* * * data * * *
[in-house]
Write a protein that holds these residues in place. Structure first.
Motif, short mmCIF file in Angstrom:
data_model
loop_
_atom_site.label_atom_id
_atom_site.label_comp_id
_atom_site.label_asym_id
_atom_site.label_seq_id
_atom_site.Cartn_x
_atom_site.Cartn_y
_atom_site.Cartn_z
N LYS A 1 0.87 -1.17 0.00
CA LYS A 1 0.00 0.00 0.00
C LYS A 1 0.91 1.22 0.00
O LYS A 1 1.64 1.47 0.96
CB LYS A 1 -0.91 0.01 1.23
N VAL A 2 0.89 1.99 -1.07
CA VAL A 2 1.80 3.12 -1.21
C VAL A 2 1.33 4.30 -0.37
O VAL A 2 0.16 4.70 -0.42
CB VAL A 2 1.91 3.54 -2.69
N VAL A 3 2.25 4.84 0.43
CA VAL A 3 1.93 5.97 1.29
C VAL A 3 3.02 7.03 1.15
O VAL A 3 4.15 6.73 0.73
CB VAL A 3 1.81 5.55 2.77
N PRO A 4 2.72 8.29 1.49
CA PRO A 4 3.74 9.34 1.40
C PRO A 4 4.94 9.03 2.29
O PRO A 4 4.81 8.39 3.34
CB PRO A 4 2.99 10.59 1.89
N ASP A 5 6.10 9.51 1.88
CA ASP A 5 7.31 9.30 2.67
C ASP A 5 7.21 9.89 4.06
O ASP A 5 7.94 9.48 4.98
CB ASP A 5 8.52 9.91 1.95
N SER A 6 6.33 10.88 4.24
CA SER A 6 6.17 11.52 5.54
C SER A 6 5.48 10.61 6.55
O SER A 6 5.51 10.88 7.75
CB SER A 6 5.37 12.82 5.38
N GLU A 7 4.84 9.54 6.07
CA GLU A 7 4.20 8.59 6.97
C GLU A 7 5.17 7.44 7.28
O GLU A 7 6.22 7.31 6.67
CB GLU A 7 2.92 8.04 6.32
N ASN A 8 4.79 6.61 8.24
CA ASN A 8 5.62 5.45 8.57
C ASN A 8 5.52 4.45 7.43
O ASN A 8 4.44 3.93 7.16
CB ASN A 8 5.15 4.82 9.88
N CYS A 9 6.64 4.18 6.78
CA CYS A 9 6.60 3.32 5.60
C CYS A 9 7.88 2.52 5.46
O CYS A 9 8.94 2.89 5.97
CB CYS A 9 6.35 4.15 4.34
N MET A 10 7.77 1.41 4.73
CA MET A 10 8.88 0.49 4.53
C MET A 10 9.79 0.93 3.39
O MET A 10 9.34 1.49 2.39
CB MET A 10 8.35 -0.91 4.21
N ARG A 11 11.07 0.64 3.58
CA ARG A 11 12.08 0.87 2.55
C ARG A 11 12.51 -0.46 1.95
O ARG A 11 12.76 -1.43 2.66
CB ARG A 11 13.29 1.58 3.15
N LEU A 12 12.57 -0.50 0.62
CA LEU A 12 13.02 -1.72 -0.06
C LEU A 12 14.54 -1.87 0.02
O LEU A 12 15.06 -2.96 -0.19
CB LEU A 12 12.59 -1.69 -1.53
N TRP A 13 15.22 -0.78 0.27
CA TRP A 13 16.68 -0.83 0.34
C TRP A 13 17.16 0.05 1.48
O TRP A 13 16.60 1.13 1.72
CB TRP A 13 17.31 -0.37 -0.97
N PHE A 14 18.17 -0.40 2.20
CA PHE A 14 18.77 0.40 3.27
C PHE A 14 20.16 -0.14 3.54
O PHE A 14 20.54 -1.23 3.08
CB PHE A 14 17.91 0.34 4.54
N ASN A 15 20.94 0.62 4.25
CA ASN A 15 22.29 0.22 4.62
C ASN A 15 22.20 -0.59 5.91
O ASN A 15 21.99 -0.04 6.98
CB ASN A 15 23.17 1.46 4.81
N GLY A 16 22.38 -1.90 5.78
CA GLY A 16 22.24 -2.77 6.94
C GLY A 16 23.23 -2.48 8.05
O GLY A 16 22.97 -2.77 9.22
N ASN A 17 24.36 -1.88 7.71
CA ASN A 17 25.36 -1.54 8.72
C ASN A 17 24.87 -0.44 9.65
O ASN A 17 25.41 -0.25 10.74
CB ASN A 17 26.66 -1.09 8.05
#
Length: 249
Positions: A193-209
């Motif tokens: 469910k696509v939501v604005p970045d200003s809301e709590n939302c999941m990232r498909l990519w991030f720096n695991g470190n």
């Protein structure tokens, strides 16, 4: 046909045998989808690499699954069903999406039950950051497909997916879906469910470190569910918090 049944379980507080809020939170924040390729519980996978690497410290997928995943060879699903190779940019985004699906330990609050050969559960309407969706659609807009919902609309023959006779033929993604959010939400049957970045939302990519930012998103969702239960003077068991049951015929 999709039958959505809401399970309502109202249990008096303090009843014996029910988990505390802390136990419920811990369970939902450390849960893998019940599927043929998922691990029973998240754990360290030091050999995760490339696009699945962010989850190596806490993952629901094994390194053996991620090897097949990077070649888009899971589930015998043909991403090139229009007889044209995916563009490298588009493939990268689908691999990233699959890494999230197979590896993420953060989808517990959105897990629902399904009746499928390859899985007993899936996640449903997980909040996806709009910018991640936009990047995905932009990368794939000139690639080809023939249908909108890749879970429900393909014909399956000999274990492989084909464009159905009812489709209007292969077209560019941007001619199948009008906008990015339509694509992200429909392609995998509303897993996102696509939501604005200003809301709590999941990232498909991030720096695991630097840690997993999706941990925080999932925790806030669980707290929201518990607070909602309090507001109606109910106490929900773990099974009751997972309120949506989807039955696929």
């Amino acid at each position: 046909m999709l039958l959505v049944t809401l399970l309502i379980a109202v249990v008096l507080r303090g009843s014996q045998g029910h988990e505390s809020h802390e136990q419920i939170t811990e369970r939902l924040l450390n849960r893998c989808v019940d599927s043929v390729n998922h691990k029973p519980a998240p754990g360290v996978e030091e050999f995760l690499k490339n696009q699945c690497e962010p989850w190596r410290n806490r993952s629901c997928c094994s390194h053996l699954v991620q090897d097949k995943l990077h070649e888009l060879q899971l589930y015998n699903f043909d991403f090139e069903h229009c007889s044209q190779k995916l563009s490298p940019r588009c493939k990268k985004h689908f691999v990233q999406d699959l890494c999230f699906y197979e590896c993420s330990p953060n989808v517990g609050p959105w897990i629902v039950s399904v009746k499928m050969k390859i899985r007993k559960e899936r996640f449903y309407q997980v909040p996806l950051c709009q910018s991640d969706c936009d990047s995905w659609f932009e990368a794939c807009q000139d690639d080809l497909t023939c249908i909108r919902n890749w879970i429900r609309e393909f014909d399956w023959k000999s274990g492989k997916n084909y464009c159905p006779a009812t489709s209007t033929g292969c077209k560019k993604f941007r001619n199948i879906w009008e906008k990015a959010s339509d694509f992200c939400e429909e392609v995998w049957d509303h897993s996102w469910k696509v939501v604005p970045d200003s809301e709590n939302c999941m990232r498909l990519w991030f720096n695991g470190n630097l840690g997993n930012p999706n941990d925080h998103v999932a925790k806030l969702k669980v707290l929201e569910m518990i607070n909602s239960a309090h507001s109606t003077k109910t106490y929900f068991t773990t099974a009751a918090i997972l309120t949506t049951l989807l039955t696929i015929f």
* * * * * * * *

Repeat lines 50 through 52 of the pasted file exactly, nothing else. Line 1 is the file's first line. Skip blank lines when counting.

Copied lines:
C ASN A 8 5.52 4.45 7.43
O ASN A 8 4.44 3.93 7.16
CB ASN A 8 5.15 4.82 9.88